"Nonspecific" ST and T-Wave Changes
A study was made of 1,000 consecutive adult in-patient electrocardiograms to determine the possibility of making a more precise diagnosis than "nonspecific ST and T-wave changes." More than 50 per cent (209) of the 410 abnormal electrocardiograms (exclusive of arrhythmias) were characterized by nonspecific depression of ST segment or T wave inversion, or both.
These 209 cases comprised four groups: (1) 46 patients (22 per cent) had received digitalis, which could account for the ST-T changes; (2) 57 patients (27 per cent) had had an acute episode of cardiac pain within 5 days prior to the electrocardiogram; (3) 57 patients (27 per cent) had had no recent cardiac pain but suffered from some disease that could be regarded as a possible cause for the ST-T changes; and (4) 49 patients (24 per cent) had no apparent cause for the electrocardiographic changes. In the last group, in contrast with the others, the ST-segment depression was less than 0.5 mm. and the T-wave inversion less than 1 mm.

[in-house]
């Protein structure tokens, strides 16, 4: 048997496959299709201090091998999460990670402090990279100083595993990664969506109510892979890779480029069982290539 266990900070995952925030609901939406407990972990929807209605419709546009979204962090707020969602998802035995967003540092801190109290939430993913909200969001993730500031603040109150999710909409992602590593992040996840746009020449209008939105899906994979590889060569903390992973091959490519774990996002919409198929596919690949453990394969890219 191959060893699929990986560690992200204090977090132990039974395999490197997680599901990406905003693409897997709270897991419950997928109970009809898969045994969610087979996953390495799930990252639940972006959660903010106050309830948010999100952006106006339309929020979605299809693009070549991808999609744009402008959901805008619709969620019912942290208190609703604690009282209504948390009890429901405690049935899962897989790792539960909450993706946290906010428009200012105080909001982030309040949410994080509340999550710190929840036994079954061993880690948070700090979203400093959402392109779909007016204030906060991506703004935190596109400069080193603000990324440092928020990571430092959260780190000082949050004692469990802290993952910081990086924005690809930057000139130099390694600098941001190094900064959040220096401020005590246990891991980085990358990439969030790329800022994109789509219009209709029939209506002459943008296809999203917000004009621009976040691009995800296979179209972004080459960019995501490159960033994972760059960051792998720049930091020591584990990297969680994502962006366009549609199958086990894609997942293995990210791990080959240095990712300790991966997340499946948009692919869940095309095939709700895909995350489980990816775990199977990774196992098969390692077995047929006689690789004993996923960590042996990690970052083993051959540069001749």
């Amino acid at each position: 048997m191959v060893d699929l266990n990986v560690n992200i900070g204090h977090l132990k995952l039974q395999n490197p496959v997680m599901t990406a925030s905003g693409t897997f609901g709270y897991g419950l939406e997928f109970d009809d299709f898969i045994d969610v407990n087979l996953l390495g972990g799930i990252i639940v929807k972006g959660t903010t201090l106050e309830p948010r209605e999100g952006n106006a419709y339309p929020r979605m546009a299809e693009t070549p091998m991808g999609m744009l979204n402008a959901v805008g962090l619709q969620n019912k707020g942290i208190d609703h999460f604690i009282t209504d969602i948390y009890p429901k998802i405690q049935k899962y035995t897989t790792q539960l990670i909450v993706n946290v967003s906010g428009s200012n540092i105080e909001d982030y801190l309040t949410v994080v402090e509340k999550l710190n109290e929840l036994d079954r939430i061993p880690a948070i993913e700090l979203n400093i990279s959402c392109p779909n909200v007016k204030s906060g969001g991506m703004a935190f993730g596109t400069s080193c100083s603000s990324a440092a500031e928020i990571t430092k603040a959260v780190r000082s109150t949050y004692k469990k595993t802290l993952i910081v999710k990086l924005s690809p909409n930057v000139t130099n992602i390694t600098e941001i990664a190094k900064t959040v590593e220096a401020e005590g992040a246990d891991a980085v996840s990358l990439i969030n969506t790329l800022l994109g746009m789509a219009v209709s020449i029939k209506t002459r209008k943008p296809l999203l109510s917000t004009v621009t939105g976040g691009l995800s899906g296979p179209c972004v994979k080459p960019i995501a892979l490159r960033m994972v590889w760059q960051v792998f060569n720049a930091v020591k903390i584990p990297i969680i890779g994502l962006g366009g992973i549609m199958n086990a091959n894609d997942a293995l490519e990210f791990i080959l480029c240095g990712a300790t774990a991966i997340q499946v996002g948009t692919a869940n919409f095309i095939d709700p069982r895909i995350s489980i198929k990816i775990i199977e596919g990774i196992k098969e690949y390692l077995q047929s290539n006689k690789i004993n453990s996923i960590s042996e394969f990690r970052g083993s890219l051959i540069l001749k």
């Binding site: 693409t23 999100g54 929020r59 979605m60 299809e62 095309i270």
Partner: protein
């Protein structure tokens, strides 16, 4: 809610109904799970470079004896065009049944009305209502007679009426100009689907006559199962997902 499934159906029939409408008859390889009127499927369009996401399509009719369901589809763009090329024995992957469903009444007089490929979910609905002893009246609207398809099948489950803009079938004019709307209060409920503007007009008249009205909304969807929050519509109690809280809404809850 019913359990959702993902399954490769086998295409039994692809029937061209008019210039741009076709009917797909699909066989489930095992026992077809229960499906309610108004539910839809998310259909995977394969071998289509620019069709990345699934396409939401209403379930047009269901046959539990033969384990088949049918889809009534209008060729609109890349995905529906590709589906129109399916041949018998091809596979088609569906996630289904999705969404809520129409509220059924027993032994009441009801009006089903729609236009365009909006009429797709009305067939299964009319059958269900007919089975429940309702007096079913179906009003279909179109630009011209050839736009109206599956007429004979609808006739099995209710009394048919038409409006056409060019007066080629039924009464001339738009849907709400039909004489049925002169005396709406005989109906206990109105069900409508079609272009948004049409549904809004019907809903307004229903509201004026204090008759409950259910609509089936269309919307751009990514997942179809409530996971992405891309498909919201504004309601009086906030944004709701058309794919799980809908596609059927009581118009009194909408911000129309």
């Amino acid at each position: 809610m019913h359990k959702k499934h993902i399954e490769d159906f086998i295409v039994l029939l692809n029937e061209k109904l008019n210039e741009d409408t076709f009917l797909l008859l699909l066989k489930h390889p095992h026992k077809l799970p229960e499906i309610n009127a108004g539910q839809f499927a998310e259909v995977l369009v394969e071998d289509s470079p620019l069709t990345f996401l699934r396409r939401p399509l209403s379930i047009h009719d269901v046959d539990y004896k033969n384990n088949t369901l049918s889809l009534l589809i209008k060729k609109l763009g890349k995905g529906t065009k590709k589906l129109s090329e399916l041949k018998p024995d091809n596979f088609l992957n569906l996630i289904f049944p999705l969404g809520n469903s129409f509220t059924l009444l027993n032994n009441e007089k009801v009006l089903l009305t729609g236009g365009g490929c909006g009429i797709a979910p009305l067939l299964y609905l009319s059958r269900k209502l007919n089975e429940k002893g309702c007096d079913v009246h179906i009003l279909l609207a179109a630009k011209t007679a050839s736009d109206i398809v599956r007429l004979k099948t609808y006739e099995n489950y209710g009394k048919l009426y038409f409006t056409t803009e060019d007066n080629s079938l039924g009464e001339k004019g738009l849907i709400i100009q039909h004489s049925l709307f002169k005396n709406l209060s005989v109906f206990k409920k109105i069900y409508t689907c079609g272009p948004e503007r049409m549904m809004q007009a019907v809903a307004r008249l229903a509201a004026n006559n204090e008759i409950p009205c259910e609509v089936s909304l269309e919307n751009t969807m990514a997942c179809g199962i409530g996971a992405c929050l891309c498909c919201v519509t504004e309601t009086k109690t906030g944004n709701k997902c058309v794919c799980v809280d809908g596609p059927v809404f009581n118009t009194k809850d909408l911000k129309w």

In patients with recent cardiac pain, as contrasted with those without such pain, the electrocardiograms were characterized by a combination of ST depression and T-wave inversion, with a depth of more than ½ mm. of the ST depression and more than 1 mm. inversion of the T wave, by isolated T-wave inversion of more than 2 mm. and especially by more than 5 mm. in the midprecordial leads, and by an ischemic contour of the ST segment that is depressed more than ½ mm.
There was no definite difference in the electrocardiographic findings in the patients with recent cardiac pain of less than ½ hour and those with recent cardiac pain of more than ½ hour when the cases with transmural infarction (Q-wave changes) were excluded. This is compatible with the concept that the electrocardiogram usually does not distinguish between subendoeardial ischemia and subendocardial necrosis. The latter differentiation would depend on multiple clinical and laboratory findings.
- © 1961 American Heart Association, Inc.